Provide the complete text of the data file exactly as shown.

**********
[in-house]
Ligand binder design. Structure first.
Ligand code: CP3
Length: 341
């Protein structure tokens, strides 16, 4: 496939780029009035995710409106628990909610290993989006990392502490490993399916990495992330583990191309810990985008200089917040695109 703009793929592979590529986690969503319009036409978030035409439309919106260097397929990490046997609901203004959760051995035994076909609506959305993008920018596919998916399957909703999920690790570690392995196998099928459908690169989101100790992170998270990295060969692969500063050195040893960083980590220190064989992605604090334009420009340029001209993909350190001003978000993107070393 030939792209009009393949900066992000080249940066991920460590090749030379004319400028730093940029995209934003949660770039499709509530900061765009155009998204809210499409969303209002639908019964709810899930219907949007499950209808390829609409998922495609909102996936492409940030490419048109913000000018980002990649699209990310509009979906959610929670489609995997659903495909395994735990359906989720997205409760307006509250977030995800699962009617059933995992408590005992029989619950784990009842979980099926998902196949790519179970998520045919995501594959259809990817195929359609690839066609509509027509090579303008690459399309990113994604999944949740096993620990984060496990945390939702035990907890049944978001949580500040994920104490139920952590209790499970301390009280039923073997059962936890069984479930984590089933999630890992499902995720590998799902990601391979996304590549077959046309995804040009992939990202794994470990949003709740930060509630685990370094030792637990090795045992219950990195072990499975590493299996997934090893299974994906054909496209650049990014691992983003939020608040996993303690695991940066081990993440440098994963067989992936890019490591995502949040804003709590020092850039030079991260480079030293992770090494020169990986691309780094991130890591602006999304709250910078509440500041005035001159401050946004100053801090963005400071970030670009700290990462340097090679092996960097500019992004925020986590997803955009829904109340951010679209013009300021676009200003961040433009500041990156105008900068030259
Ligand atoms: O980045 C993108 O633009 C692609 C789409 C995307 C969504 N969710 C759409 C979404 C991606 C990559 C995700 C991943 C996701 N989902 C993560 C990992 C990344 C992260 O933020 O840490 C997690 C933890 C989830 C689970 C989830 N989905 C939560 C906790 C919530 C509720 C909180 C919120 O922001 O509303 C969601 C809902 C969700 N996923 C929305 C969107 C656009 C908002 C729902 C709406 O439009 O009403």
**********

[in-house]
Ligand binder design. Structure first.
Ligand code: CP3
Length: 341
């Protein structure tokens, strides 16, 4: 496939780029009035995710409106628990909610290993989006990392502490490993399916990495992330583990191309810990985008200089917040695109 703009793929592979590529986690969503319009036409978030035409439309919106260097397929990490046997609901203004959760051995035994076909609506959305993008920018596919998916399957909703999920690790570690392995196998099928459908690169989101100790992170998270990295060969692969500063050195040893960083980590220190064989992605604090334009420009340029001209993909350190001003978000993107070393 030939792209009009393949900066992000080249940066991920460590090749030379004319400028730093940029995209934003949660770039499709509530900061765009155009998204809210499409969303209002639908019964709810899930219907949007499950209808390829609409998922495609909102996936492409940030490419048109913000000018980002990649699209990310509009979906959610929670489609995997659903495909395994735990359906989720997205409760307006509250977030995800699962009617059933995992408590005992029989619950784990009842979980099926998902196949790519179970998520045919995501594959259809990817195929359609690839066609509509027509090579303008690459399309990113994604999944949740096993620990984060496990945390939702035990907890049944978001949580500040994920104490139920952590209790499970301390009280039923073997059962936890069984479930984590089933999630890992499902995720590998799902990601391979996304590549077959046309995804040009992939990202794994470990949003709740930060509630685990370094030792637990090795045992219950990195072990499975590493299996997934090893299974994906054909496209650049990014691992983003939020608040996993303690695991940066081990993440440098994963067989992936890019490591995502949040804003709590020092850039030079991260480079030293992770090494020169990986691309780094991130890591602006999304709250910078509440500041005035001159401050946004100053801090963005400071970030670009700290990462340097090679092996960097500019992004925020986590997803955009829904109340951010679209013009300021676009200003961040433009500041990156105008900068030259
Ligand atoms: O980045 C993108 O633009 C692609 C789409 C995307 C969504 N969710 C759409 C979404 C991606 C990559 C995700 C991943 C996701 N989902 C993560 C990992 C990344 C992260 O933020 O840490 C997690 C933890 C989830 C689970 C989830 N989905 C939560 C906790 C919530 C509720 C909180 C919120 O922001 O509303 C969601 C809902 C969700 N996923 C929305 C969107 C656009 C908002 C729902 C709406 O439009 O009403």